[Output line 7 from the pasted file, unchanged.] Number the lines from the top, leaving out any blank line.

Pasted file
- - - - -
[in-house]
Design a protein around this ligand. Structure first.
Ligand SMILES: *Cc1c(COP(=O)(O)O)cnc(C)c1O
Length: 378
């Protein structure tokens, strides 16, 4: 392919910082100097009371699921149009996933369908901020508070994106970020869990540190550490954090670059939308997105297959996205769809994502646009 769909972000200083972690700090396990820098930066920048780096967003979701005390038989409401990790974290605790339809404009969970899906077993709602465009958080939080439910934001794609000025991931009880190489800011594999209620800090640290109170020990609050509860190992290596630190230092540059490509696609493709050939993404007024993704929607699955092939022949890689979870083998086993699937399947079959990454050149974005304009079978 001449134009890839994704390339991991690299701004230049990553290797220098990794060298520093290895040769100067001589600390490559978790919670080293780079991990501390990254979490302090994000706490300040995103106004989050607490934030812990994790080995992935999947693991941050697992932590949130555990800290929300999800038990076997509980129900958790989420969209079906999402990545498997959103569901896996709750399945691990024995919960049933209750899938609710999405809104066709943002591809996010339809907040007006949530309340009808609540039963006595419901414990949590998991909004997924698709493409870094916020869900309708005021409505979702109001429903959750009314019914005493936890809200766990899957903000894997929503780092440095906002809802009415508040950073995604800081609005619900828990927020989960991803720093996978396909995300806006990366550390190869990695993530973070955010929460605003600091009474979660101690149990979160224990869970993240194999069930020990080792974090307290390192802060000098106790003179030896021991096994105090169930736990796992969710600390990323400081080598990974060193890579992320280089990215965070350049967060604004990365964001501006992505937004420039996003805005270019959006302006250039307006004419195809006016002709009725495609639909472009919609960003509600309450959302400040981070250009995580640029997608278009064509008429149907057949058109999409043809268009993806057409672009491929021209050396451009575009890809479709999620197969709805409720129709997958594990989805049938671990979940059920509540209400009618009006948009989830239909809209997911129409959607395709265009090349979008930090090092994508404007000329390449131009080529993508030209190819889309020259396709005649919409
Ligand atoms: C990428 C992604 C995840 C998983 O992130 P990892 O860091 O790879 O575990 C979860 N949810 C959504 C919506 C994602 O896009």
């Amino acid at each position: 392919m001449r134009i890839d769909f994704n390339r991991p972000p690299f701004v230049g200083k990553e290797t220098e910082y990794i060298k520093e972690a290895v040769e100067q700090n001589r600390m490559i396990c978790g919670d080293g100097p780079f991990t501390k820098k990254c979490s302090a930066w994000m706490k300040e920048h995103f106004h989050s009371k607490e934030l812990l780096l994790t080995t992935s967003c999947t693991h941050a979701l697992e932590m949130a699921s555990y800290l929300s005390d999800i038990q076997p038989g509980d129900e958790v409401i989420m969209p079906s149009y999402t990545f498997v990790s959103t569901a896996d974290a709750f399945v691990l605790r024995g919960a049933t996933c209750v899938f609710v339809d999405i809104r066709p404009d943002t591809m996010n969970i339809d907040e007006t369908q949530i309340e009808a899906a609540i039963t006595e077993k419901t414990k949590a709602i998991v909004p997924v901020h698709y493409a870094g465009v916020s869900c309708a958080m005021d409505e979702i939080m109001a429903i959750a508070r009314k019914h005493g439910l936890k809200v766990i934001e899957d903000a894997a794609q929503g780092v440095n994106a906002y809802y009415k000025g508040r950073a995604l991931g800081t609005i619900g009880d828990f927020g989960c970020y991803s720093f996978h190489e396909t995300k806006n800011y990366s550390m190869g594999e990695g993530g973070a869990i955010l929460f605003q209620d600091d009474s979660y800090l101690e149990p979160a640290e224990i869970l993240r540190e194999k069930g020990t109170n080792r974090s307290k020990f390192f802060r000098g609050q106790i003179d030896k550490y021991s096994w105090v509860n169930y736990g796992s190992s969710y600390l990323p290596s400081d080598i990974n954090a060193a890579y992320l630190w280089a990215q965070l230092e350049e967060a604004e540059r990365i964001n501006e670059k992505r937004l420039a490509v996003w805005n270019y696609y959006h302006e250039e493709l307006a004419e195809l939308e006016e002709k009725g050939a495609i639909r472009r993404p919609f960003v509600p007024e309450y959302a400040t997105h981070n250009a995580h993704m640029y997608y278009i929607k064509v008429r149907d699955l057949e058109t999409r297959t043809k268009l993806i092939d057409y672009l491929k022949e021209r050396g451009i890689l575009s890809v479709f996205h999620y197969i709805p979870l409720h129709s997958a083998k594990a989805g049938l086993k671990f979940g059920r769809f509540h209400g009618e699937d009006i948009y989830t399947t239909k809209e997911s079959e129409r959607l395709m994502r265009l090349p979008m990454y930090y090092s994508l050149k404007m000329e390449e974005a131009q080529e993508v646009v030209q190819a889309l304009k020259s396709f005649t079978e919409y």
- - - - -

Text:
């Amino acid at each position: 392919m001449r134009i890839d769909f994704n390339r991991p972000p690299f701004v230049g200083k990553e290797t220098e910082y990794i060298k520093e972690a290895v040769e100067q700090n001589r600390m490559i396990c978790g919670d080293g100097p780079f991990t501390k820098k990254c979490s302090a930066w994000m706490k300040e920048h995103f106004h989050s009371k607490e934030l812990l780096l994790t080995t992935s967003c999947t693991h941050a979701l697992e932590m949130a699921s555990y800290l929300s005390d999800i038990q076997p038989g509980d129900e958790v409401i989420m969209p079906s149009y999402t990545f498997v990790s959103t569901a896996d974290a709750f399945v691990l605790r024995g919960a049933t996933c209750v899938f609710v339809d999405i809104r066709p404009d943002t591809m996010n969970i339809d907040e007006t369908q949530i309340e009808a899906a609540i039963t006595e077993k419901t414990k949590a709602i998991v909004p997924v901020h698709y493409a870094g465009v916020s869900c309708a958080m005021d409505e979702i939080m109001a429903i959750a508070r009314k019914h005493g439910l936890k809200v766990i934001e899957d903000a894997a794609q929503g780092v440095n994106a906002y809802y009415k000025g508040r950073a995604l991931g800081t609005i619900g009880d828990f927020g989960c970020y991803s720093f996978h190489e396909t995300k806006n800011y990366s550390m190869g594999e990695g993530g973070a869990i955010l929460f605003q209620d600091d009474s979660y800090l101690e149990p979160a640290e224990i869970l993240r540190e194999k069930g020990t109170n080792r974090s307290k020990f390192f802060r000098g609050q106790i003179d030896k550490y021991s096994w105090v509860n169930y736990g796992s190992s969710y600390l990323p290596s400081d080598i990974n954090a060193a890579y992320l630190w280089a990215q965070l230092e350049e967060a604004e540059r990365i964001n501006e670059k992505r937004l420039a490509v996003w805005n270019y696609y959006h302006e250039e493709l307006a004419e195809l939308e006016e002709k009725g050939a495609i639909r472009r993404p919609f960003v509600p007024e309450y959302a400040t997105h981070n250009a995580h993704m640029y997608y278009i929607k064509v008429r149907d699955l057949e058109t999409r297959t043809k268009l993806i092939d057409y672009l491929k022949e021209r050396g451009i890689l575009s890809v479709f996205h999620y197969i709805p979870l409720h129709s997958a083998k594990a989805g049938l086993k671990f979940g059920r769809f509540h209400g009618e699937d009006i948009y989830t399947t239909k809209e997911s079959e129409r959607l395709m994502r265009l090349p979008m990454y930090y090092s994508l050149k404007m000329e390449e974005a131009q080529e993508v646009v030209q190819a889309l304009k020259s396709f005649t079978e919409y």